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Radioactivity Warning Surprise
Radioactivity Warning Surprise
A chemist had a hunch that radioactive contamination might have come from a window. How could a window be the cause?
Mysteries of Science

Dr. Gilleo
Mysteries of Science by Dr. Ken Gilleo
Dr. Gilleo is a chemist, inventor and general problem solver. Ken has been tracking industrial forensics and collecting case histories for decades. These cases are taken from the vast world of industry and commercial enterprise.

Check out Dr. Gilleo's eBook, 100 Mysteries Solved by Science. We hope you enjoy these case histories. You need not be an engineer or scientist to understand the problems and appreciate the solutions.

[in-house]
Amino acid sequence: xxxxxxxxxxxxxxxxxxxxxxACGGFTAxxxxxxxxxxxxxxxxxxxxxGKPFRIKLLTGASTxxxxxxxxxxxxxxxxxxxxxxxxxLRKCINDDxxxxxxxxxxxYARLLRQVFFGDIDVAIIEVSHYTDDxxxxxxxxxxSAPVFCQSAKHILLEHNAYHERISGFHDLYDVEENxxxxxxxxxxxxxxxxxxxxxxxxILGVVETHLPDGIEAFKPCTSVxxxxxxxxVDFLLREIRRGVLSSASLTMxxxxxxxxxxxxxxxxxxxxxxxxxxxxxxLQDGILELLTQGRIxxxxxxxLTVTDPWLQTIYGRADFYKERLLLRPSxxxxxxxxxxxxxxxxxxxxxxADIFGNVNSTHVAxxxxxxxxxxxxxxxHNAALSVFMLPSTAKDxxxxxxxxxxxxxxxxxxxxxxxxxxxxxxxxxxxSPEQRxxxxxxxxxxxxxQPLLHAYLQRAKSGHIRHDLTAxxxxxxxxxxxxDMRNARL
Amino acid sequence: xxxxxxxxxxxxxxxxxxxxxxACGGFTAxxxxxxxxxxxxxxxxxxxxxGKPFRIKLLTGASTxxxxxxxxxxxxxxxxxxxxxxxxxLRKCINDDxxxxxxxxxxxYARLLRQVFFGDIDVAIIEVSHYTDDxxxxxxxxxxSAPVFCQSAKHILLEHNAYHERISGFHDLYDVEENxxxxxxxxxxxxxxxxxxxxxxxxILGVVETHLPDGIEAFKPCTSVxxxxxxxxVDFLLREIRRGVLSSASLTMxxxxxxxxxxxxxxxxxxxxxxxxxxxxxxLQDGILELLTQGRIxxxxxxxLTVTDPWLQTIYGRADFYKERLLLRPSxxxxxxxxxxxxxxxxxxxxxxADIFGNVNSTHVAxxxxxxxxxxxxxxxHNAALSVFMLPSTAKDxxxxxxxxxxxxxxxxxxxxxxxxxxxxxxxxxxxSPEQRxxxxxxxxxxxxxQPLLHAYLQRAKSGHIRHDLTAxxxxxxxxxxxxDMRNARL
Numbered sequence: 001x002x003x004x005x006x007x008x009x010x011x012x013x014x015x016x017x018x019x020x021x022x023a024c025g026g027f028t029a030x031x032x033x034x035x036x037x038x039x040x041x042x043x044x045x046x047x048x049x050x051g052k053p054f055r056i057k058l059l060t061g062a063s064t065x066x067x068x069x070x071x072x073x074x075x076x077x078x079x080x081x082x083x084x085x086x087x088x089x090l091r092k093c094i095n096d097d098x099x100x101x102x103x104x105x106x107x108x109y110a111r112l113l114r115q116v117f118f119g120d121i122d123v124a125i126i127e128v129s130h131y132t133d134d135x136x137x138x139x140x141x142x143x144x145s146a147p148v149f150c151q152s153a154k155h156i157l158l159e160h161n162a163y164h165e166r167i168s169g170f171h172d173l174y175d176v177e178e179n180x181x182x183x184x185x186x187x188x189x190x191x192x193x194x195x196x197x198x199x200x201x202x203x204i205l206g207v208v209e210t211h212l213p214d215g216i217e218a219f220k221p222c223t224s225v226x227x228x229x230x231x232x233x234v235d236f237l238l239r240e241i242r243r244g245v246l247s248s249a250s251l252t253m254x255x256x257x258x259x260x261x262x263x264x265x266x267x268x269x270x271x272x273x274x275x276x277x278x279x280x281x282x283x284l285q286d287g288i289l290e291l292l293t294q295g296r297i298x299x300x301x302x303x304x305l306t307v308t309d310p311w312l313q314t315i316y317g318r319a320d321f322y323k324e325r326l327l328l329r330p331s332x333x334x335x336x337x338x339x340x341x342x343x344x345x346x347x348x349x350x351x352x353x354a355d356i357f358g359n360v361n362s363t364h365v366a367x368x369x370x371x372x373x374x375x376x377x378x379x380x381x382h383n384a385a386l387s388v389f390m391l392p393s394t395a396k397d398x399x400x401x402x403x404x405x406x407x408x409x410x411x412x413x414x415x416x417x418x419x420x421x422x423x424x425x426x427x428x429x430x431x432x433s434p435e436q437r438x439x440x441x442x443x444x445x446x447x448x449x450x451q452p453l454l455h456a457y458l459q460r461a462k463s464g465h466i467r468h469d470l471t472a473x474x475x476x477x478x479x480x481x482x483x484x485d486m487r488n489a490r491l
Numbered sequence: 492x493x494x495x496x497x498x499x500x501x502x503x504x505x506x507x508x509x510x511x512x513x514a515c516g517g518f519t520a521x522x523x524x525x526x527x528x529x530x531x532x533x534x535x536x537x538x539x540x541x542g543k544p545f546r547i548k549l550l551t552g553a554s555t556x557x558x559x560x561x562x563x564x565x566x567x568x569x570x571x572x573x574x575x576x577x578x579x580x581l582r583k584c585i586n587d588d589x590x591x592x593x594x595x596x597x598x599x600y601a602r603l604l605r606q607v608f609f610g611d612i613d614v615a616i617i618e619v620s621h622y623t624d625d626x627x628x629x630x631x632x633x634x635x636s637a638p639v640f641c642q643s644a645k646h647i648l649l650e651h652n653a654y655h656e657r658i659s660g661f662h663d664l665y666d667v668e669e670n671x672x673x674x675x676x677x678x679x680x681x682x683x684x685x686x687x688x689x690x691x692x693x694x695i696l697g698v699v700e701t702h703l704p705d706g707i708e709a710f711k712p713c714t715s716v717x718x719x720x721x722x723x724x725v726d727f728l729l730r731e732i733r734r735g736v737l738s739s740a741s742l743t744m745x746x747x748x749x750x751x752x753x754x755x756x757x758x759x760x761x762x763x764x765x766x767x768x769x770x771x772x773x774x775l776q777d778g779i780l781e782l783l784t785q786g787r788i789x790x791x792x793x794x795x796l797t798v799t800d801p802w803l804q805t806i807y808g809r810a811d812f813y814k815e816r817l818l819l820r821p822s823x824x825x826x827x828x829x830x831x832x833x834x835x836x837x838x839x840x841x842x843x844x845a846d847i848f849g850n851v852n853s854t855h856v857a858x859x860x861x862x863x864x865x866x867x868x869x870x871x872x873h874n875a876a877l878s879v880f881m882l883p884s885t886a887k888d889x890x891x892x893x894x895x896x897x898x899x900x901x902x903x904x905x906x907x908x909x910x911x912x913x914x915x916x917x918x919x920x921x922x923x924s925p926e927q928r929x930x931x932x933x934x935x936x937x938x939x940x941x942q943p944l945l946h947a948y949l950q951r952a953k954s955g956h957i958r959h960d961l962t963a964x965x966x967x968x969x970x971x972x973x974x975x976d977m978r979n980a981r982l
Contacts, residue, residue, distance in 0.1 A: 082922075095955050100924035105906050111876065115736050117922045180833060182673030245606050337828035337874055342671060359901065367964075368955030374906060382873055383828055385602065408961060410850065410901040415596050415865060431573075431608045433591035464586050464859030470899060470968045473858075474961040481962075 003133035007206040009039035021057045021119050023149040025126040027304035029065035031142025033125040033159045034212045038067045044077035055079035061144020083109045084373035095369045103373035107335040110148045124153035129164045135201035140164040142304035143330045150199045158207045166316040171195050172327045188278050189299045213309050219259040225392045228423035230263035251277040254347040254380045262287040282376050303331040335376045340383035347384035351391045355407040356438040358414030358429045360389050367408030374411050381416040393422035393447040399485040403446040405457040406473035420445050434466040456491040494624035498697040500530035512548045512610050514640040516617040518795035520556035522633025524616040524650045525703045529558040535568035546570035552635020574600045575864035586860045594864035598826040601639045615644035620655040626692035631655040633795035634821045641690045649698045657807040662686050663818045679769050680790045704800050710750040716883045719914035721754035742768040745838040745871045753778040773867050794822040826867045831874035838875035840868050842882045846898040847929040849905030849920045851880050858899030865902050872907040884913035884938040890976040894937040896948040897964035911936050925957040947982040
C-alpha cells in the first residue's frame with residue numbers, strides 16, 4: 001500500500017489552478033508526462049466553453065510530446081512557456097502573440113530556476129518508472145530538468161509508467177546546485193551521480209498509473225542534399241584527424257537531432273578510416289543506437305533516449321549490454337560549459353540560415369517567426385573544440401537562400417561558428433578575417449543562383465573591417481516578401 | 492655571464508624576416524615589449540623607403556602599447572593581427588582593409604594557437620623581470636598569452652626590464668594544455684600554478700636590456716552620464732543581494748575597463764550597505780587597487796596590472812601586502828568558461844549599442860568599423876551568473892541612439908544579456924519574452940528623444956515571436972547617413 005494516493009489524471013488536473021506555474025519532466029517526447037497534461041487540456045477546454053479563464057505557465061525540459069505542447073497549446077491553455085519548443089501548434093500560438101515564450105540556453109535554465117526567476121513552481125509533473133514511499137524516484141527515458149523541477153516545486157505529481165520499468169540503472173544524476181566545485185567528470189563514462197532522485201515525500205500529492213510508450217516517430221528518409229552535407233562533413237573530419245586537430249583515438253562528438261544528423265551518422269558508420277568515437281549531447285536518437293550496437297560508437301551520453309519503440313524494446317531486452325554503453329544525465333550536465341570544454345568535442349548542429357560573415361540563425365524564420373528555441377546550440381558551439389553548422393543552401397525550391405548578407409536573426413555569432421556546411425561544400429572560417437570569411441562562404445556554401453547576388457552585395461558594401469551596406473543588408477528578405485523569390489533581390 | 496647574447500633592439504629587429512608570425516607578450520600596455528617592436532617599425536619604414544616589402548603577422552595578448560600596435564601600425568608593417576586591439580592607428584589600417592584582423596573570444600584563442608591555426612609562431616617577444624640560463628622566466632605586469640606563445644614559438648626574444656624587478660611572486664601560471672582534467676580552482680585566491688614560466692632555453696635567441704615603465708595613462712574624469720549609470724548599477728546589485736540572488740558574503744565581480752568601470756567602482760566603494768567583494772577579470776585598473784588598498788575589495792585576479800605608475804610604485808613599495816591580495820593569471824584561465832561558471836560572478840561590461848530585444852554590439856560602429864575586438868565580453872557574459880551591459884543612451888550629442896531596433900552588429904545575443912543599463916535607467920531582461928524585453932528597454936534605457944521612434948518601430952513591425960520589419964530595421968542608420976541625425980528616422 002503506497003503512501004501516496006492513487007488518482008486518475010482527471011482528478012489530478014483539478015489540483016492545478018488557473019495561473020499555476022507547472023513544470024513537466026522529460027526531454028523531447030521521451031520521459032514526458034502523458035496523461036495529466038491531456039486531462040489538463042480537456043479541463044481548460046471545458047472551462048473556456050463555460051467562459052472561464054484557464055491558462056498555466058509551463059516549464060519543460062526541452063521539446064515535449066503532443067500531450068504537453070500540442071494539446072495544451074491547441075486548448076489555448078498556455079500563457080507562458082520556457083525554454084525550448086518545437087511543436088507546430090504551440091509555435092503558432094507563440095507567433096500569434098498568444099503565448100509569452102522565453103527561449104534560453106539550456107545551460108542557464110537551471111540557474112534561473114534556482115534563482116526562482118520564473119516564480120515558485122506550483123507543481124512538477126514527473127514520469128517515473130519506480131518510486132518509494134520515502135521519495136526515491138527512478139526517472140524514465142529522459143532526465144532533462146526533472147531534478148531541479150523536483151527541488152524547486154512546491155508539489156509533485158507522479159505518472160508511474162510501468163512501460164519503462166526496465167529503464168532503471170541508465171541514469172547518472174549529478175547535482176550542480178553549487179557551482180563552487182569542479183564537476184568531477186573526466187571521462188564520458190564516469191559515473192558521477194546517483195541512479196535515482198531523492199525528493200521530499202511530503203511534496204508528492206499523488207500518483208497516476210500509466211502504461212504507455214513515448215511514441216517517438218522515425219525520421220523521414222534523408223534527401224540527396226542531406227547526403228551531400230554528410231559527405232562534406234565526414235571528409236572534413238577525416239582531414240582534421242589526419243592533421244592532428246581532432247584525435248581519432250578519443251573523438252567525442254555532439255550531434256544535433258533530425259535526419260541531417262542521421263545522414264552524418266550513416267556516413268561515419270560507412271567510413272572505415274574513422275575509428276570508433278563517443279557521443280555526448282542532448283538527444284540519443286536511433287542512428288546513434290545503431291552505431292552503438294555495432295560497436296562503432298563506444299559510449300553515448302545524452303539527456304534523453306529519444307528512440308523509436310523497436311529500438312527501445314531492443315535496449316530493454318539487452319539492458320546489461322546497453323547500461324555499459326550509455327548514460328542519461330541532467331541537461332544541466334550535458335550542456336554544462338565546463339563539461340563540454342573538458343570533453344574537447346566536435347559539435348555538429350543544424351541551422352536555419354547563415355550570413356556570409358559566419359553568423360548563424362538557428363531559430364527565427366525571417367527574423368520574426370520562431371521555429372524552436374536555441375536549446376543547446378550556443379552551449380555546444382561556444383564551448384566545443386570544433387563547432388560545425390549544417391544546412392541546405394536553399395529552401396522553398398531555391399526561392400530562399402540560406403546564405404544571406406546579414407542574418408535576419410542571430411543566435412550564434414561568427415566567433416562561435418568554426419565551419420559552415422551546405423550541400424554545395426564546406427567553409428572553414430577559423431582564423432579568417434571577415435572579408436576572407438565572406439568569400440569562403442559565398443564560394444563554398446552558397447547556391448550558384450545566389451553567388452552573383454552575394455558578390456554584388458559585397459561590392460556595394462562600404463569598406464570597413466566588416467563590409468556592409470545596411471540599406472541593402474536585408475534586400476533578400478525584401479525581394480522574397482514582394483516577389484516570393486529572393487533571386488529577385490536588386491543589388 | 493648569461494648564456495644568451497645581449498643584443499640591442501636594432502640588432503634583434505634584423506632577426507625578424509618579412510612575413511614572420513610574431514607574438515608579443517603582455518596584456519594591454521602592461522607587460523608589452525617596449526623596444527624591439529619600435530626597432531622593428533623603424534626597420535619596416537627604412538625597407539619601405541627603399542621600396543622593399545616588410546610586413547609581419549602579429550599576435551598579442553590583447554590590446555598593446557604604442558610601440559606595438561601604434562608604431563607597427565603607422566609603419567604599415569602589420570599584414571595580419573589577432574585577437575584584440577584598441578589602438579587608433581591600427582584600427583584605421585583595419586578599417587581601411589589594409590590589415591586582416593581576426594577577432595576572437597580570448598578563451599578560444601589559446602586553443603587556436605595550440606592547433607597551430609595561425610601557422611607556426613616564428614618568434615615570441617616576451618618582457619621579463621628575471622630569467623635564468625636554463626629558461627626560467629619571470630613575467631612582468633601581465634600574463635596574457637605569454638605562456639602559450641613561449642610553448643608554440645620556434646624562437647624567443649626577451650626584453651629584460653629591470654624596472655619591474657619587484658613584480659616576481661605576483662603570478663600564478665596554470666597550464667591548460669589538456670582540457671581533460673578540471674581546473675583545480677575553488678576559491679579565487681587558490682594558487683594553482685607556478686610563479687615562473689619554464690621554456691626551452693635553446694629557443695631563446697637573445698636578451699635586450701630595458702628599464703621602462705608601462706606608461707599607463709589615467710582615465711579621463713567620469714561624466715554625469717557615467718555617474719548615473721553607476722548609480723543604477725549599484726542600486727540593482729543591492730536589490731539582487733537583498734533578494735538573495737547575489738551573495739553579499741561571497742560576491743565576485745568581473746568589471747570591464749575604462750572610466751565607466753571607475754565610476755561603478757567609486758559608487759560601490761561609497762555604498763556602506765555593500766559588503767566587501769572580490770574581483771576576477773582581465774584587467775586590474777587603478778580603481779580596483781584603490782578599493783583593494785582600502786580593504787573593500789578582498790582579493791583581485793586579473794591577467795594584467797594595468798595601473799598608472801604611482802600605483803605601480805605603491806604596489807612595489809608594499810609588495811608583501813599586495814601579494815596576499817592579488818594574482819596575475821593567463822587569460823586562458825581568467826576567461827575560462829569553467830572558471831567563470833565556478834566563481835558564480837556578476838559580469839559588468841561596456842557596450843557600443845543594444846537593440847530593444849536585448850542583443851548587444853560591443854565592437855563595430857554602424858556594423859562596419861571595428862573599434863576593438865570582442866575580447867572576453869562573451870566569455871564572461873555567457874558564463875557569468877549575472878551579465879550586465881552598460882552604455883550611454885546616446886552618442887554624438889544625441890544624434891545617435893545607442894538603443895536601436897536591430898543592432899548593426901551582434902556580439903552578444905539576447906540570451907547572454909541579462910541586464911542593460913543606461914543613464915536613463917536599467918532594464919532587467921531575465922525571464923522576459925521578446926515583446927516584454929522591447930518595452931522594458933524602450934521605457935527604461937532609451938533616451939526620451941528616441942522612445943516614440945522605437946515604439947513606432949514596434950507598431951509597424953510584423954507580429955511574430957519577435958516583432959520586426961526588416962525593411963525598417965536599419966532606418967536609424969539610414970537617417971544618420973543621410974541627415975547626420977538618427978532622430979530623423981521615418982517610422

Transcript
In 1992, the Smith's factory was subject to a new government standard that required the facilities to be checked for radioactivity. There was not much concern from the workers since this was not a nuclear plant, and nothing radioactive was used.

A routine radioactivity check was conducted along the outside of the building. Surprisingly, the soil showed a high and unacceptable level of radiation.

More tests were done, and a "hot spot" was located next to a window. The readings were extremely high and were taken as a serious warning of impending danger.

The chief chemist had a hunch that radioactive contamination might have come from the window.     

Was the window causing the high levels of radioactivity, what was the original source? 

Here's the rest of the story.

One element detected was radium; this suggested that the waste might be from luminous paint once used on clock dials. Checking old records revealed that the building had once been used to make clocks. The window with the high radiation was exactly where the dials and clock hands were painted.

The dial painter probably flicked off excess paint from the brush, right out the window. We can only guess the eventual fate of the worker who painted the clock dials with radium.
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